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Ford and the Scotts Miracle-Gro Company are researching the use of coir (coconut fiber) as a reinforcement for the automaker's molded plastic components. The coconut coir (or husks, as they are more commonly called) currently make up a waste stream from Scotts' soil and seed division.

Mercedes has been working on putting bio-products into its cars for years, since well before AutoblogGreen got started. The company hasn't really been making any sort of announcements about its progress. Hence the lack of coverage of ACO here on ABG.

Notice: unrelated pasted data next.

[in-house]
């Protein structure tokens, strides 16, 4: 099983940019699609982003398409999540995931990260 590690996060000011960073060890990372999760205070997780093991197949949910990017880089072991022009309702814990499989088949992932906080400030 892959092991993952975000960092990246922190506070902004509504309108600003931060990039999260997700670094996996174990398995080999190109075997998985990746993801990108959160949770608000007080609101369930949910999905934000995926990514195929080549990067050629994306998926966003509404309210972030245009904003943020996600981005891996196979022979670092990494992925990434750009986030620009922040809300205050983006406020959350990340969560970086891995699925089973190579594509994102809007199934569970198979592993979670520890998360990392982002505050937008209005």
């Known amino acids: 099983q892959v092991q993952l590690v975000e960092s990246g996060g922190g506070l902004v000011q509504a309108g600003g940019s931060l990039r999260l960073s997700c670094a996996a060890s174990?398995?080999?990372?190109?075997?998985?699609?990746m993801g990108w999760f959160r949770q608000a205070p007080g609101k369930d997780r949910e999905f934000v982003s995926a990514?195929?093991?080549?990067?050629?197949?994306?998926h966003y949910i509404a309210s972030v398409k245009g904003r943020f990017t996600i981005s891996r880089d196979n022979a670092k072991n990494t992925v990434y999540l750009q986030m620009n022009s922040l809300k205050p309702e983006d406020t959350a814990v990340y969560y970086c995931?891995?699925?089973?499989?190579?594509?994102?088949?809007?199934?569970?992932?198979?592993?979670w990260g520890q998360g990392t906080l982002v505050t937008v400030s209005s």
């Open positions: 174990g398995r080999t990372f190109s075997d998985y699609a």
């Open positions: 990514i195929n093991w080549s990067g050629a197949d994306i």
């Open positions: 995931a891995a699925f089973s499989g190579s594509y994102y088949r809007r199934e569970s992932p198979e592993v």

While fuel costs are increasing, most consumers in the U.S. can still afford gasoline or diesel fuel for their cars. In less affluent countries, however, the increasing oil prices can create even more critical financial situations. While we all see palm trees as a natural umbrella when lounging on a beach while drinking something fruity out of a pineapple, many impoverished Pacific island nations are looking into coconuts to make biofuel. The fuel would be used for both electricity generation wi